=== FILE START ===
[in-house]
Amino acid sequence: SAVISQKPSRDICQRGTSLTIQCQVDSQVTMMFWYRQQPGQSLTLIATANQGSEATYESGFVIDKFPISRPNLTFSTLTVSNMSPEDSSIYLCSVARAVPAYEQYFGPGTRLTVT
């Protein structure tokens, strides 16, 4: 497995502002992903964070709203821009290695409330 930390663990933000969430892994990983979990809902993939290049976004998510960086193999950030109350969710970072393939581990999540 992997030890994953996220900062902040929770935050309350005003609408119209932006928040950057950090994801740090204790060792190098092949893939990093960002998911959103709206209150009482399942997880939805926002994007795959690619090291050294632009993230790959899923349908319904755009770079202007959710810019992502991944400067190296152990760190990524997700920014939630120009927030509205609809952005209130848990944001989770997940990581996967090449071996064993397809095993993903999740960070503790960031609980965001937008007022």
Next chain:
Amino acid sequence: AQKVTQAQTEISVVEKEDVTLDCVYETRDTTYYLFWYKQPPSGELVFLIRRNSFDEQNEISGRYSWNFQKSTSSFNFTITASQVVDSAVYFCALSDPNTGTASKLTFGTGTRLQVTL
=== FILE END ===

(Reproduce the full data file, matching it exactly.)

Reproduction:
[in-house]
Amino acid sequence: SAVISQKPSRDICQRGTSLTIQCQVDSQVTMMFWYRQQPGQSLTLIATANQGSEATYESGFVIDKFPISRPNLTFSTLTVSNMSPEDSSIYLCSVARAVPAYEQYFGPGTRLTVT
């Protein structure tokens, strides 16, 4: 497995502002992903964070709203821009290695409330 930390663990933000969430892994990983979990809902993939290049976004998510960086193999950030109350969710970072393939581990999540 992997030890994953996220900062902040929770935050309350005003609408119209932006928040950057950090994801740090204790060792190098092949893939990093960002998911959103709206209150009482399942997880939805926002994007795959690619090291050294632009993230790959899923349908319904755009770079202007959710810019992502991944400067190296152990760190990524997700920014939630120009927030509205609809952005209130848990944001989770997940990581996967090449071996064993397809095993993903999740960070503790960031609980965001937008007022």
Next chain:
Amino acid sequence: AQKVTQAQTEISVVEKEDVTLDCVYETRDTTYYLFWYKQPPSGELVFLIRRNSFDEQNEISGRYSWNFQKSTSSFNFTITASQVVDSAVYFCALSDPNTGTASKLTFGTGTRLQVTL